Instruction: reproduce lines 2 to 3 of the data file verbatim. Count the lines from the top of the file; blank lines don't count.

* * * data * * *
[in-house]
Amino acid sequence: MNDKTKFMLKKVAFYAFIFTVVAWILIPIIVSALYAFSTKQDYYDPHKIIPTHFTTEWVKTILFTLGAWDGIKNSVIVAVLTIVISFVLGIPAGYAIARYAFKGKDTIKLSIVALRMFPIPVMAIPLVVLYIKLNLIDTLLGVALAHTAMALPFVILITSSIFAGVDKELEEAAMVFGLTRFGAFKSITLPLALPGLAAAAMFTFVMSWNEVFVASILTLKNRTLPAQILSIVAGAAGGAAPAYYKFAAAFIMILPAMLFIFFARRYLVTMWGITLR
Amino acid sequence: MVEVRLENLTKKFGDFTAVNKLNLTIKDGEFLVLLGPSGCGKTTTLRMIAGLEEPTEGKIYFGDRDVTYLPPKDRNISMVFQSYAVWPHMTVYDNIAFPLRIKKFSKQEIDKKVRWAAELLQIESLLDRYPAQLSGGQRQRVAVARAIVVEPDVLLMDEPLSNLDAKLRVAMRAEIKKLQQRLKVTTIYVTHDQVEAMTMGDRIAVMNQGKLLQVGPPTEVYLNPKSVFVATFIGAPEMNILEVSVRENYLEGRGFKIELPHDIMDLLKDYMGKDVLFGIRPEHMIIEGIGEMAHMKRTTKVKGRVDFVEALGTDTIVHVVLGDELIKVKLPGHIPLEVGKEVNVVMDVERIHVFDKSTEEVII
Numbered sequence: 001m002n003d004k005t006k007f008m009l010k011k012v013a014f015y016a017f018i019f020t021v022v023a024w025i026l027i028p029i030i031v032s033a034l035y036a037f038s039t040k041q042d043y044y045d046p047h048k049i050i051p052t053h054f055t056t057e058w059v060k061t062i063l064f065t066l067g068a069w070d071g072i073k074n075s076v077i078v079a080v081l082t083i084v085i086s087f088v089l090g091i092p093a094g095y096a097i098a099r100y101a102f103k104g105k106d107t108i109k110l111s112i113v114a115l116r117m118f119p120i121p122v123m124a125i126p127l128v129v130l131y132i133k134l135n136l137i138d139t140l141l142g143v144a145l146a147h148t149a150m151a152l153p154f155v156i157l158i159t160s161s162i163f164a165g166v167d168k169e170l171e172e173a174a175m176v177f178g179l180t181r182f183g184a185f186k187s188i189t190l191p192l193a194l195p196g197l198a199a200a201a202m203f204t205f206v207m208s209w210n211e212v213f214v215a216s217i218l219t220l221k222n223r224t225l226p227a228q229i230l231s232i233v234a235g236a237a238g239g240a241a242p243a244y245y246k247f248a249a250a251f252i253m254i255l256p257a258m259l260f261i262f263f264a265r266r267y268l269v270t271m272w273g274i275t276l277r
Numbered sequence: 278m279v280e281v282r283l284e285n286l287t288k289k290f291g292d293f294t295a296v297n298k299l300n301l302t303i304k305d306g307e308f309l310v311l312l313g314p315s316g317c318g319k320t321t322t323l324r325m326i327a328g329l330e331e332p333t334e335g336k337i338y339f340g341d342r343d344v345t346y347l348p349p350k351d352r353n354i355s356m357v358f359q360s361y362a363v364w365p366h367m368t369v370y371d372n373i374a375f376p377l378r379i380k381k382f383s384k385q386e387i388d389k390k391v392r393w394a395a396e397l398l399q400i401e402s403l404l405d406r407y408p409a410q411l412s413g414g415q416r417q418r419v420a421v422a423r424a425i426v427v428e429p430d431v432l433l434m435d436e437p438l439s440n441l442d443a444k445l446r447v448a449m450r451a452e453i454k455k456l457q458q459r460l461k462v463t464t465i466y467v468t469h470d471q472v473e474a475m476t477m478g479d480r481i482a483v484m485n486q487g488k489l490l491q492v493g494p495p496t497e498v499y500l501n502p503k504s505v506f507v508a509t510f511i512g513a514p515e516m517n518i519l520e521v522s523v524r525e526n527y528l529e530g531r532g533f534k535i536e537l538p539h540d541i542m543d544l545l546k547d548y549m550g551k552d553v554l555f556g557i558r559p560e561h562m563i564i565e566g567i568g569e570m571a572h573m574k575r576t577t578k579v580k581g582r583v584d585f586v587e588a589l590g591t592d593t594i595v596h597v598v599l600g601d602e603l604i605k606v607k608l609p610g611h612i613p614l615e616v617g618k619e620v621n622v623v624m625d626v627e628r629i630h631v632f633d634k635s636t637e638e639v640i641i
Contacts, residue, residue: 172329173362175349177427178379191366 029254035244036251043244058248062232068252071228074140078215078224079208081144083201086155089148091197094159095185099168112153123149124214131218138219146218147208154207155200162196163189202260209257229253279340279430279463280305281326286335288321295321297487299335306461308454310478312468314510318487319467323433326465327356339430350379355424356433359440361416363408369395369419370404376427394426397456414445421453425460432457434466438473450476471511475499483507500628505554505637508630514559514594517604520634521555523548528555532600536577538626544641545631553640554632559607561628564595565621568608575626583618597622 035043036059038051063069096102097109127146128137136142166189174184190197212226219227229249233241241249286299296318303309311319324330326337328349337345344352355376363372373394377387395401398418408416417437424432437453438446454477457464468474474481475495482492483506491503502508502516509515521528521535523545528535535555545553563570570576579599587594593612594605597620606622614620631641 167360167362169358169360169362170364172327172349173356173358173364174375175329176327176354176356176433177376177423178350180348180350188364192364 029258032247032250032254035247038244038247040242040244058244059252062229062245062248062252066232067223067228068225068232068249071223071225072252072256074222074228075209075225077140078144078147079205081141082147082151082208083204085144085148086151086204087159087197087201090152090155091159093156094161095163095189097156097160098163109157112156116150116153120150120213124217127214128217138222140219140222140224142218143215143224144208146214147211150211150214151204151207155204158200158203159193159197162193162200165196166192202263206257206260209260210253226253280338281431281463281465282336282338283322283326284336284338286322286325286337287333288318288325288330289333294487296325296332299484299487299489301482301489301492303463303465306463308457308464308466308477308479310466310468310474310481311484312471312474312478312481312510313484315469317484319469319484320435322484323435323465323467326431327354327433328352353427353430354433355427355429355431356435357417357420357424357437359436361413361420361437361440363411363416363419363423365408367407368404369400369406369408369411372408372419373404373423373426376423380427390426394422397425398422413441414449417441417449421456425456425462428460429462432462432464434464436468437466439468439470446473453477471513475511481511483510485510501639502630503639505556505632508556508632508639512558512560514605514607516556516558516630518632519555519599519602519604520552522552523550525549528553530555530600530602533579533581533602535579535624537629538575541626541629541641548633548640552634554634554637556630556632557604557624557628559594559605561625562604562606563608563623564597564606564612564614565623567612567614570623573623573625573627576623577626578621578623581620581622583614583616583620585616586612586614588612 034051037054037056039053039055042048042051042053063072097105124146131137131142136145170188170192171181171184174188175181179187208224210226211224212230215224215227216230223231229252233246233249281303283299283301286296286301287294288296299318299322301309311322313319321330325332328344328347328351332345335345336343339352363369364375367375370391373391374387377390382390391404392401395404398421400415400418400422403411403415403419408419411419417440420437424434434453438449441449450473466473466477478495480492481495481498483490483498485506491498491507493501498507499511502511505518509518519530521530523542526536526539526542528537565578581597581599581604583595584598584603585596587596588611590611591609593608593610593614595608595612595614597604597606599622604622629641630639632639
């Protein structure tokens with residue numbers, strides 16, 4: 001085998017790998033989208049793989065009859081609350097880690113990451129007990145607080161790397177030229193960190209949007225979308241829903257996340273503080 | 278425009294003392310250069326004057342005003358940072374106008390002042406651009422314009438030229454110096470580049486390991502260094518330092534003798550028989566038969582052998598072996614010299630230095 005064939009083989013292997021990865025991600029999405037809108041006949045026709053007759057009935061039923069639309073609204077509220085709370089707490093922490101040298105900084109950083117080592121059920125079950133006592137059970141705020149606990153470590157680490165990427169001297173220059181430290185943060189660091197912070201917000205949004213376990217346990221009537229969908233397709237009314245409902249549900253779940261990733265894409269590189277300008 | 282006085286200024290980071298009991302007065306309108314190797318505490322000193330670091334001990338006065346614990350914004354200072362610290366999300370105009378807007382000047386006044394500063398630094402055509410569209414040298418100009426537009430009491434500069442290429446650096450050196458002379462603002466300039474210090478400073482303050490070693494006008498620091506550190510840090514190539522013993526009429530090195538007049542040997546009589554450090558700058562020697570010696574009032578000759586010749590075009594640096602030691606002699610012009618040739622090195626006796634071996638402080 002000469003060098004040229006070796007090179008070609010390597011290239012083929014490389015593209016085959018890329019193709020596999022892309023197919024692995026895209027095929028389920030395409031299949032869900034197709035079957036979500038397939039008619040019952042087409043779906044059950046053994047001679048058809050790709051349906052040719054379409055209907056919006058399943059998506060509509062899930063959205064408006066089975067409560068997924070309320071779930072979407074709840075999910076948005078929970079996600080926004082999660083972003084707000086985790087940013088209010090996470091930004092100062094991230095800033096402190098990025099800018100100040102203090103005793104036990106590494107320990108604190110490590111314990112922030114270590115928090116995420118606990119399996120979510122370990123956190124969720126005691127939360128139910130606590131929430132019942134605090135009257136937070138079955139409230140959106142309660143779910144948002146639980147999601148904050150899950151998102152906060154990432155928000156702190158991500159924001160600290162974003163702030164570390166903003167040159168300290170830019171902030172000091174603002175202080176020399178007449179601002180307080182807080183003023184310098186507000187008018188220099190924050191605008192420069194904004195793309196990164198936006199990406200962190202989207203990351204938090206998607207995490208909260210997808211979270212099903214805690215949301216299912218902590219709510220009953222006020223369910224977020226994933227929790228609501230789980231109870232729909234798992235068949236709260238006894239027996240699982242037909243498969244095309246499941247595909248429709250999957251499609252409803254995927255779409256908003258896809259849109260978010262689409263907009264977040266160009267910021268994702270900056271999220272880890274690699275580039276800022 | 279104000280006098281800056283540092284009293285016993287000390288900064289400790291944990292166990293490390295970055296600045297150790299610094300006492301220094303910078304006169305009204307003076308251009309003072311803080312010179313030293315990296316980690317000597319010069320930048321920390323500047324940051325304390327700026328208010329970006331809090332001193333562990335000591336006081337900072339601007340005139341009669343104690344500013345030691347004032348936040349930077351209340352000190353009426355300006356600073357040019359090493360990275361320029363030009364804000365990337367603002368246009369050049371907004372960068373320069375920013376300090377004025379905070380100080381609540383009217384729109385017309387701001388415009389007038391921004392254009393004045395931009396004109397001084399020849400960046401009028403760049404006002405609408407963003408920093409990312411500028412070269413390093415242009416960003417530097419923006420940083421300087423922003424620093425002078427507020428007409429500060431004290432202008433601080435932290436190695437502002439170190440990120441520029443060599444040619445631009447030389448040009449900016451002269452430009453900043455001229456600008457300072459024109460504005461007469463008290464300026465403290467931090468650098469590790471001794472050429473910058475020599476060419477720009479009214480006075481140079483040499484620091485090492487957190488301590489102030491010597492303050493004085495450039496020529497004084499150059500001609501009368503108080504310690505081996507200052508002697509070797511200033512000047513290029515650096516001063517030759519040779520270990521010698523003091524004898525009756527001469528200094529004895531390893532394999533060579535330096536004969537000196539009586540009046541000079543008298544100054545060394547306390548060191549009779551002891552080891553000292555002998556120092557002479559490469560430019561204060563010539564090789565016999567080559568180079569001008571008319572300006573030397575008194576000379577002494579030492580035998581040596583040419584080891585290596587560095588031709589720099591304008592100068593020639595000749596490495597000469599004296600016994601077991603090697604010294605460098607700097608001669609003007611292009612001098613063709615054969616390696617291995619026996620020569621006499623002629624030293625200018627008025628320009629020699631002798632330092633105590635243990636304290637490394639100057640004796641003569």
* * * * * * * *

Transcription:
Amino acid sequence: MNDKTKFMLKKVAFYAFIFTVVAWILIPIIVSALYAFSTKQDYYDPHKIIPTHFTTEWVKTILFTLGAWDGIKNSVIVAVLTIVISFVLGIPAGYAIARYAFKGKDTIKLSIVALRMFPIPVMAIPLVVLYIKLNLIDTLLGVALAHTAMALPFVILITSSIFAGVDKELEEAAMVFGLTRFGAFKSITLPLALPGLAAAAMFTFVMSWNEVFVASILTLKNRTLPAQILSIVAGAAGGAAPAYYKFAAAFIMILPAMLFIFFARRYLVTMWGITLR
Amino acid sequence: MVEVRLENLTKKFGDFTAVNKLNLTIKDGEFLVLLGPSGCGKTTTLRMIAGLEEPTEGKIYFGDRDVTYLPPKDRNISMVFQSYAVWPHMTVYDNIAFPLRIKKFSKQEIDKKVRWAAELLQIESLLDRYPAQLSGGQRQRVAVARAIVVEPDVLLMDEPLSNLDAKLRVAMRAEIKKLQQRLKVTTIYVTHDQVEAMTMGDRIAVMNQGKLLQVGPPTEVYLNPKSVFVATFIGAPEMNILEVSVRENYLEGRGFKIELPHDIMDLLKDYMGKDVLFGIRPEHMIIEGIGEMAHMKRTTKVKGRVDFVEALGTDTIVHVVLGDELIKVKLPGHIPLEVGKEVNVVMDVERIHVFDKSTEEVII